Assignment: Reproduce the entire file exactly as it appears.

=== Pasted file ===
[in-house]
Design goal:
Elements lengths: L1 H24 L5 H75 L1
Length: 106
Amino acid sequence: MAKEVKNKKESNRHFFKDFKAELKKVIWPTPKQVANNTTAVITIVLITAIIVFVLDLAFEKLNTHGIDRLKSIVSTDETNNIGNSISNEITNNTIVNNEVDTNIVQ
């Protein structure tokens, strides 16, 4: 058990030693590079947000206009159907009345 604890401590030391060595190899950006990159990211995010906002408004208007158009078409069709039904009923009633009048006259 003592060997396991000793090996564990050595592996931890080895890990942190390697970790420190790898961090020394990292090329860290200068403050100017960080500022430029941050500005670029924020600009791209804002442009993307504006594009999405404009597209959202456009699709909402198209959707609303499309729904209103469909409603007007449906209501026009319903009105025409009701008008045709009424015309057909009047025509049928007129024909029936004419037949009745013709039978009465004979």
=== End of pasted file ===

[in-house]
Design goal:
Elements lengths: L1 H24 L5 H75 L1
Length: 106
Amino acid sequence: MAKEVKNKKESNRHFFKDFKAELKKVIWPTPKQVANNTTAVITIVLITAIIVFVLDLAFEKLNTHGIDRLKSIVSTDETNNIGNSISNEITNNTIVNNEVDTNIVQ
């Protein structure tokens, strides 16, 4: 058990030693590079947000206009159907009345 604890401590030391060595190899950006990159990211995010906002408004208007158009078409069709039904009923009633009048006259 003592060997396991000793090996564990050595592996931890080895890990942190390697970790420190790898961090020394990292090329860290200068403050100017960080500022430029941050500005670029924020600009791209804002442009993307504006594009999405404009597209959202456009699709909402198209959707609303499309729904209103469909409603007007449906209501026009319903009105025409009701008008045709009424015309057909009047025509049928007129024909029936004419037949009745013709039978009465004979």